(A) Fluorescence imaging of C57BL/6 mice (n = 3) 1 hour after intravenous injection of nano-Ag@erythrosomes at various ratios. (B to D) Ex vivo imaging of spleen 1 hour after intravenous injection of nano-Ag@erythrosomes at various ratios (B) and corresponding quantification results (n = 3) (C). (D) Confocal images of splenic localization of MHC II+ and Cy5.5 double-positive cells in C57BL/6 mice (n = 3) 1 hour after intravenous injection of Cy5.5-labeled nano-Ag@erythrosomes. (Upper left: Splenocyte of mice in 1:0 group. Bottom left: Splenocyte of mice in 1:20 group.) Scale bars, 50 μm (left) and 10 μm (right). (E) Flow cytometric analysis of various activation markers and PD-L1 in DCs (gated on CD11c+) in spleen of untreated mice and mice treated with DiD-labeled nano-Ag@erythrosome and (F) corresponding quantification of mean fluorescence intensity (MFI) according to (E). ns, not significant. (G) Activation markers measured 24 hours after intravenous injection of nano-Ag@erythrosomes in splenic immune cell subsets (red for treatment, gray for control). (H) Corresponding quantification of MFI according to (G) (n = 5). (I) Cytokines level in serum 24 and 48 hours after intravenous injection of nano-Ag@erythrosomes. For (F) and (H), data are means ± SD. Statistical significance was calculated by Student’s t-test. For (C) and (I), data are means ± SEM. Statistical significance was calculated by one-way ANOVA with Tukey’s post hoc test. *P < 0.05; **P < 0.01; ***P < 0.005; ****P < 0.001.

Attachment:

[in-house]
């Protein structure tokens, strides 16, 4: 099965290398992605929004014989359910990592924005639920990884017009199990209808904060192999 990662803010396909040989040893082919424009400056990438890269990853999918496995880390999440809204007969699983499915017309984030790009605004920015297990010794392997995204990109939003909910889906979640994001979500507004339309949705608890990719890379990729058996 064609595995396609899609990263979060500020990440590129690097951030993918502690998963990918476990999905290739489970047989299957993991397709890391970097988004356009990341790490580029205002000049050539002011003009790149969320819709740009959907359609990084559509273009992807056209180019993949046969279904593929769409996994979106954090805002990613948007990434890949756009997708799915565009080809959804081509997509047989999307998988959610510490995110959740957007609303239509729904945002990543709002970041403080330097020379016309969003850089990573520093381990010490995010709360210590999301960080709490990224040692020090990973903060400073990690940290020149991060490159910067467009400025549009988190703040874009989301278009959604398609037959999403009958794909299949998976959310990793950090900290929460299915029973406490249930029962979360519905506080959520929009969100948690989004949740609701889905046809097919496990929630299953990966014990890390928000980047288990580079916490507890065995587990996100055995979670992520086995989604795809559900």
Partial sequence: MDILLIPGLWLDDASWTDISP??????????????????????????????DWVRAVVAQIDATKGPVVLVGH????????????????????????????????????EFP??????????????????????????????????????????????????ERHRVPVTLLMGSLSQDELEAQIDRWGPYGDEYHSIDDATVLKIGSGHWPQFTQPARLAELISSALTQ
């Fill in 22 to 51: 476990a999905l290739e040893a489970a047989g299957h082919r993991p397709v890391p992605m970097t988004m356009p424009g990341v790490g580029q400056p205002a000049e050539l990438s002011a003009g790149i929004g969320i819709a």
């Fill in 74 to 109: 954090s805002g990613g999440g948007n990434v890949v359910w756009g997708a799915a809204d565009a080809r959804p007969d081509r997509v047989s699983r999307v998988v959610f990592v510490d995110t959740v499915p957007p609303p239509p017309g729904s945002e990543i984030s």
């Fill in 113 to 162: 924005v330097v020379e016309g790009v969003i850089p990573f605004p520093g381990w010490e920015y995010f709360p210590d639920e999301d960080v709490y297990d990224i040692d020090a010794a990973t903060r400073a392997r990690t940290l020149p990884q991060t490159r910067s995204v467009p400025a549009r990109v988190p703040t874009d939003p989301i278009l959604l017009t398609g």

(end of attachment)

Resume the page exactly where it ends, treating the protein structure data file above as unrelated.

• Fig. 3 Combination immunotherapy for inhibition of B16F10-Luc melanoma growth in vivo.